The Protector/Opinion of the Court

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United States Supreme Court

76 U.S. 687

The Protector

It is plain that by the literal terms of the act of 1789 the period of limitation had expired more than three years prior to the taking of this appeal. But this court has decided, in the case of Hanger v. Abbott, that a statute of limitations did not run, during the rebellion, against a party residing in New Hampshire, so as to preclude his remedy for a debt against a person residing in Arkansas, one of the insurrectionary States. It is unnecessary to go over again the ground which was examined in that case. We are of opinion that the same law applies to this. And by throwing out of the eight years which elapsed between the decree and the appeal the four years and more during which the war continued, the time is reduced to a period of less than five years.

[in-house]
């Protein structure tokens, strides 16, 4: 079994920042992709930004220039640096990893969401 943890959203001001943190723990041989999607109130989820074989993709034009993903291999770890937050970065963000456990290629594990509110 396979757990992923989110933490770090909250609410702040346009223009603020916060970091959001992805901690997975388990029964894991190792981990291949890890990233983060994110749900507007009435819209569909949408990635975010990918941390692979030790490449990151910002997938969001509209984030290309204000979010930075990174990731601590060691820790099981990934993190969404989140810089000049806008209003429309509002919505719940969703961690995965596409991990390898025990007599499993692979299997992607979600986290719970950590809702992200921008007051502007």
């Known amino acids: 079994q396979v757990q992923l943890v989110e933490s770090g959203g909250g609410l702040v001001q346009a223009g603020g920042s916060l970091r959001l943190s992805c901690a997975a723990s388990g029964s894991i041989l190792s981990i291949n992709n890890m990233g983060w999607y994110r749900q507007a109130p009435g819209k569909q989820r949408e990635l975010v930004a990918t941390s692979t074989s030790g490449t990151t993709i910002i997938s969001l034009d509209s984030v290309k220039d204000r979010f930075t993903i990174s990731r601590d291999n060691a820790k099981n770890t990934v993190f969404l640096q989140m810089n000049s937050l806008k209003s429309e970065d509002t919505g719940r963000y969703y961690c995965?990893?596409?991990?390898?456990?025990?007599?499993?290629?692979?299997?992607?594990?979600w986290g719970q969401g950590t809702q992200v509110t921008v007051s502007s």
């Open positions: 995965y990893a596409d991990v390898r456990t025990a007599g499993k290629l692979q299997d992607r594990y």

But it is urged that the act of March 2d, 1867, has regulated this subject, and has prescribed a limitation of one year from the passage of that act within which to bring all appeals and writs of error which were suspended or interrupted by the rebellion. We are of opinion that this statute is an enabling and not a restraining one; that it was not intended to take away any right of appeal, but to continue the right in cases where it had been lost. 'Where the common law and a statute differ,' says Blackstone, 'the common law gives place to the statute; and an old statute gives place to a new one. . . But this is to be understood only when the latter statute is couched in negative terms, or where its matter is so clearly repugnant that it necessarily implies a negative.' #fn-s-s-s [1] Such repugnancy does not exist here. Many cases may be supposed, in which the right of appeal would be saved by the statute of 1867, which would not be saved by the act of 1789 and the operation of the common law rule followed in Hanger v. Abbott. If four years of the five elapsed before the war, the right of appeal would be saved by the act of 1867, but would be gone under the operation of the act of 1789, unless the appeal were brought before the passage of the former act. If Congress had intended to limit all appeals from courts in the insurrectionary States to one year from the passage of the law, it should have been so expressed in the act.



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